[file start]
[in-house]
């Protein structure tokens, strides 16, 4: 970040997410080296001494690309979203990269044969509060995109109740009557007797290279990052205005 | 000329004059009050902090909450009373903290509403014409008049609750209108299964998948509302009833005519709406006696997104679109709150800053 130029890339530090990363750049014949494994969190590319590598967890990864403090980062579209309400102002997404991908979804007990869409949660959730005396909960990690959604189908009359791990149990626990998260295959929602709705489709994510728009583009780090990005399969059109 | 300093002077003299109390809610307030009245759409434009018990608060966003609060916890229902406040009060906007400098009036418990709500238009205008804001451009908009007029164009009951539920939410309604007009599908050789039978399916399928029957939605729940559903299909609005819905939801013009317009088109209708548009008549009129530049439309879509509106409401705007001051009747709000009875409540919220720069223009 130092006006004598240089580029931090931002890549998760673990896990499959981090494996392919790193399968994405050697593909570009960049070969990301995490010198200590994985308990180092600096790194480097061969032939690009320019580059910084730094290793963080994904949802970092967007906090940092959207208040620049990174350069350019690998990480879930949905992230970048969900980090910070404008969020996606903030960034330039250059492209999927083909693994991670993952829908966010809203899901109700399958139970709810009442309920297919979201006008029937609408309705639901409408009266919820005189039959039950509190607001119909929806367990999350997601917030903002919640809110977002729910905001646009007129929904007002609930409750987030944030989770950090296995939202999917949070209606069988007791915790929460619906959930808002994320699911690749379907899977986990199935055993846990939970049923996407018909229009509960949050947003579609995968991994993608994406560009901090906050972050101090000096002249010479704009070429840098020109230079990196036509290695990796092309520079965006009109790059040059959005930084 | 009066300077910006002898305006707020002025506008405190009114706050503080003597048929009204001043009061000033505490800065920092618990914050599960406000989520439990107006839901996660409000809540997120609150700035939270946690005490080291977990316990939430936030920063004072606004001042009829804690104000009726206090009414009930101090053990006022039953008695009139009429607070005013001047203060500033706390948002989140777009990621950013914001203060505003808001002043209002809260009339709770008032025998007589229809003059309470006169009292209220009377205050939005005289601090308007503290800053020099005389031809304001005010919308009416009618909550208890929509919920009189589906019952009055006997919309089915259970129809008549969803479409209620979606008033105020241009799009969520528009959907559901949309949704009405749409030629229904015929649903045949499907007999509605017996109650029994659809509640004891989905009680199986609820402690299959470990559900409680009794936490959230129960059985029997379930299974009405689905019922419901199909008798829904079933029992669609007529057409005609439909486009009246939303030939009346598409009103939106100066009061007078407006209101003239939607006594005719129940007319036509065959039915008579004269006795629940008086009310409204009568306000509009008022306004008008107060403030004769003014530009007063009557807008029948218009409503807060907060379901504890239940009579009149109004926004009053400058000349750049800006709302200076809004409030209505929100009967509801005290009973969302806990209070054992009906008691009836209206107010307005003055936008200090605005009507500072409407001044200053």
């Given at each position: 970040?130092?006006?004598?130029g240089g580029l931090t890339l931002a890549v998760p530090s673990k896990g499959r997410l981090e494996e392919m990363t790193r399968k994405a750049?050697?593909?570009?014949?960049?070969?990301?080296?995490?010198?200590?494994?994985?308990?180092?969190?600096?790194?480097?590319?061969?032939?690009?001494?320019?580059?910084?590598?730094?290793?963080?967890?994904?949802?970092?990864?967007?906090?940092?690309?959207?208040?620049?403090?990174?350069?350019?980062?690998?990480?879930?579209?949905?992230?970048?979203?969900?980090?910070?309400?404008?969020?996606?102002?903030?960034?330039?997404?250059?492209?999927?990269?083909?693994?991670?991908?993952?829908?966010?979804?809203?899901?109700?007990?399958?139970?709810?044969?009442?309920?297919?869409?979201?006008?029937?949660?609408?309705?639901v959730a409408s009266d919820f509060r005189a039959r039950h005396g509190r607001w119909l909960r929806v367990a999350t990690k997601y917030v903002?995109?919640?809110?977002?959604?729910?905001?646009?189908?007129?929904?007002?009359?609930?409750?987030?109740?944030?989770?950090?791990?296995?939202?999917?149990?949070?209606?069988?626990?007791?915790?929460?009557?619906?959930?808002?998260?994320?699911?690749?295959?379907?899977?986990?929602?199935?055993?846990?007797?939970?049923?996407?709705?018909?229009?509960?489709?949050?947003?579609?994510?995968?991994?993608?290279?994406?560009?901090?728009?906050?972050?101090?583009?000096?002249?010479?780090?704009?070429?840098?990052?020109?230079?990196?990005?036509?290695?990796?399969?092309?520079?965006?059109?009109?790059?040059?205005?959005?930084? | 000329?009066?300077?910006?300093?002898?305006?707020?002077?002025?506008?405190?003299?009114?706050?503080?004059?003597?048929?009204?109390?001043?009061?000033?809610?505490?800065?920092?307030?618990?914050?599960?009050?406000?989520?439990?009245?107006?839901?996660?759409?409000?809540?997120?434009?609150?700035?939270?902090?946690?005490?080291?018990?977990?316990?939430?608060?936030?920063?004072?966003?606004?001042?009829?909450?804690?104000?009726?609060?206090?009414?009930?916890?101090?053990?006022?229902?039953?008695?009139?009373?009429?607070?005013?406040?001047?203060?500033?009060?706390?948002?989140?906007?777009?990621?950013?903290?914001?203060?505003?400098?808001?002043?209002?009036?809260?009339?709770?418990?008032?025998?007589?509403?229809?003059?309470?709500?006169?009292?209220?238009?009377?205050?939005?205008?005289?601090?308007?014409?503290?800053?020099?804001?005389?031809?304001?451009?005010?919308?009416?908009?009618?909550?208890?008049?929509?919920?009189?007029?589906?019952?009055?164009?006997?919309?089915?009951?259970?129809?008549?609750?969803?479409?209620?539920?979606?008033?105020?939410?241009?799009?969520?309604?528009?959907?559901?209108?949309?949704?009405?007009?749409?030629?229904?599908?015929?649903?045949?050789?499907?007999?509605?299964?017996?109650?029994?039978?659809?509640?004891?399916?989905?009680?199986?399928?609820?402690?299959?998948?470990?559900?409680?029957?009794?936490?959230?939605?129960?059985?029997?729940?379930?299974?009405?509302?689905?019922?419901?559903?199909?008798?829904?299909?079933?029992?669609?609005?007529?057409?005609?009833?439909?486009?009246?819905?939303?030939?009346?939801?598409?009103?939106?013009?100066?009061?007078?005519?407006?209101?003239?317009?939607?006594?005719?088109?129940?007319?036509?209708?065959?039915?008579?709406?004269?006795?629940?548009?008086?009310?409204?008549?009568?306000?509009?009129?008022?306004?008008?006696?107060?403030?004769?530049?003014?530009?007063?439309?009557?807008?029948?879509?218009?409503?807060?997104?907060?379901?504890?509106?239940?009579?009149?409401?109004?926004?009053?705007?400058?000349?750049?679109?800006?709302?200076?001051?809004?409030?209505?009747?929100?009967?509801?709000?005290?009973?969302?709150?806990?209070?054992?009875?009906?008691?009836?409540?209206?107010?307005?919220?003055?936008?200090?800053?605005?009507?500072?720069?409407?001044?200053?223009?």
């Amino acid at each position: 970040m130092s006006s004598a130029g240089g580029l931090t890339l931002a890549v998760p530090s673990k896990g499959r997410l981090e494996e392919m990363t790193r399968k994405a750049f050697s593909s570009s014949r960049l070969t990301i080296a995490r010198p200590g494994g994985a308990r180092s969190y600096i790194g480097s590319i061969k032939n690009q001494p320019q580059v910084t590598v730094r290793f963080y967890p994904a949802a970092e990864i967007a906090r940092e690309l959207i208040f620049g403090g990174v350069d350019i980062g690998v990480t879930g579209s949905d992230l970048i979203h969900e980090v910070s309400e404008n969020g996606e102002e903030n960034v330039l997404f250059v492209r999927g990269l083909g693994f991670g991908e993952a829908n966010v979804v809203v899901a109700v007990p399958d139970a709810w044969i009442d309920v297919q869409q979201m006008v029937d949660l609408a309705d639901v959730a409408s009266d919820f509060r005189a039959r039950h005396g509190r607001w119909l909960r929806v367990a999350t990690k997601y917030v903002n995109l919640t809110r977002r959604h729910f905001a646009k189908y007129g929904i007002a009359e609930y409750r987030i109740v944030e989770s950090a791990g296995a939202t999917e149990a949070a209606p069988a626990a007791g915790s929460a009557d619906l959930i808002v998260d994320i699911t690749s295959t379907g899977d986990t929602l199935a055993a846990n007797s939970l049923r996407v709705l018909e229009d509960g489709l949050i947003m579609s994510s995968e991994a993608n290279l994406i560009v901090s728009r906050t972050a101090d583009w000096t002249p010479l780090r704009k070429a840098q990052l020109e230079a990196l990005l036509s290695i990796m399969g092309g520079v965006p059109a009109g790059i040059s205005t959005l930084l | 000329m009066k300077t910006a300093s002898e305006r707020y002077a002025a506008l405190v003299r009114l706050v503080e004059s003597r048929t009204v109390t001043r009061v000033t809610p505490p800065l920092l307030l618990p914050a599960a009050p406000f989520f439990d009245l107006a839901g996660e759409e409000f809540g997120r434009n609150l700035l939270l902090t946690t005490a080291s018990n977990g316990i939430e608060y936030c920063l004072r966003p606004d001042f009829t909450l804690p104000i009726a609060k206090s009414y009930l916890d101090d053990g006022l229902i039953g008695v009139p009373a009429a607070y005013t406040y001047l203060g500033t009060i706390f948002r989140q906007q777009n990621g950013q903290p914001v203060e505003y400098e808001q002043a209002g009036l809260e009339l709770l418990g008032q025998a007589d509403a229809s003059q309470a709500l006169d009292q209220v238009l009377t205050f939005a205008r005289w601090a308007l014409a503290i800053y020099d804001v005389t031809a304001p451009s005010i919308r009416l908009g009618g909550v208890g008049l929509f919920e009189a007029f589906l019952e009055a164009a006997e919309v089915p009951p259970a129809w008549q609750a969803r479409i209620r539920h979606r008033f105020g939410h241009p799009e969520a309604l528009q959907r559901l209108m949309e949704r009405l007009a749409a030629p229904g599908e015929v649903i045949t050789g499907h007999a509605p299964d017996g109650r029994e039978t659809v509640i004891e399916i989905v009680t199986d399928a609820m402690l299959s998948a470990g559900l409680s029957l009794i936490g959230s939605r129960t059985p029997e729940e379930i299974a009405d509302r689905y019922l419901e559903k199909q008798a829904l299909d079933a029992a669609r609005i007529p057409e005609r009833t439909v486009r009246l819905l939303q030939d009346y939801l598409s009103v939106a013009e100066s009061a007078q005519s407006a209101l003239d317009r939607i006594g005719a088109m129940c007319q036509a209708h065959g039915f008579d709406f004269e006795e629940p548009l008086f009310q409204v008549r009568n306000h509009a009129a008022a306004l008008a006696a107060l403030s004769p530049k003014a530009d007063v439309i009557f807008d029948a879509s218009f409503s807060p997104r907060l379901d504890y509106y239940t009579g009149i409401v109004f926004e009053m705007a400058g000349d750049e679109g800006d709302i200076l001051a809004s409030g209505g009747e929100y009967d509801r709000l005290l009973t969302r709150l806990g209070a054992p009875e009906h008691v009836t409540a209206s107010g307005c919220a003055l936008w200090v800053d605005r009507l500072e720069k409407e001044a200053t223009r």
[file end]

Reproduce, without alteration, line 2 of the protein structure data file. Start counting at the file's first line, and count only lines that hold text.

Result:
């Protein structure tokens, strides 16, 4: 970040997410080296001494690309979203990269044969509060995109109740009557007797290279990052205005 | 000329004059009050902090909450009373903290509403014409008049609750209108299964998948509302009833005519709406006696997104679109709150800053 130029890339530090990363750049014949494994969190590319590598967890990864403090980062579209309400102002997404991908979804007990869409949660959730005396909960990690959604189908009359791990149990626990998260295959929602709705489709994510728009583009780090990005399969059109 | 300093002077003299109390809610307030009245759409434009018990608060966003609060916890229902406040009060906007400098009036418990709500238009205008804001451009908009007029164009009951539920939410309604007009599908050789039978399916399928029957939605729940559903299909609005819905939801013009317009088109209708548009008549009129530049439309879509509106409401705007001051009747709000009875409540919220720069223009 130092006006004598240089580029931090931002890549998760673990896990499959981090494996392919790193399968994405050697593909570009960049070969990301995490010198200590994985308990180092600096790194480097061969032939690009320019580059910084730094290793963080994904949802970092967007906090940092959207208040620049990174350069350019690998990480879930949905992230970048969900980090910070404008969020996606903030960034330039250059492209999927083909693994991670993952829908966010809203899901109700399958139970709810009442309920297919979201006008029937609408309705639901409408009266919820005189039959039950509190607001119909929806367990999350997601917030903002919640809110977002729910905001646009007129929904007002609930409750987030944030989770950090296995939202999917949070209606069988007791915790929460619906959930808002994320699911690749379907899977986990199935055993846990939970049923996407018909229009509960949050947003579609995968991994993608994406560009901090906050972050101090000096002249010479704009070429840098020109230079990196036509290695990796092309520079965006009109790059040059959005930084 | 009066300077910006002898305006707020002025506008405190009114706050503080003597048929009204001043009061000033505490800065920092618990914050599960406000989520439990107006839901996660409000809540997120609150700035939270946690005490080291977990316990939430936030920063004072606004001042009829804690104000009726206090009414009930101090053990006022039953008695009139009429607070005013001047203060500033706390948002989140777009990621950013914001203060505003808001002043209002809260009339709770008032025998007589229809003059309470006169009292209220009377205050939005005289601090308007503290800053020099005389031809304001005010919308009416009618909550208890929509919920009189589906019952009055006997919309089915259970129809008549969803479409209620979606008033105020241009799009969520528009959907559901949309949704009405749409030629229904015929649903045949499907007999509605017996109650029994659809509640004891989905009680199986609820402690299959470990559900409680009794936490959230129960059985029997379930299974009405689905019922419901199909008798829904079933029992669609007529057409005609439909486009009246939303030939009346598409009103939106100066009061007078407006209101003239939607006594005719129940007319036509065959039915008579004269006795629940008086009310409204009568306000509009008022306004008008107060403030004769003014530009007063009557807008029948218009409503807060907060379901504890239940009579009149109004926004009053400058000349750049800006709302200076809004409030209505929100009967509801005290009973969302806990209070054992009906008691009836209206107010307005003055936008200090605005009507500072409407001044200053």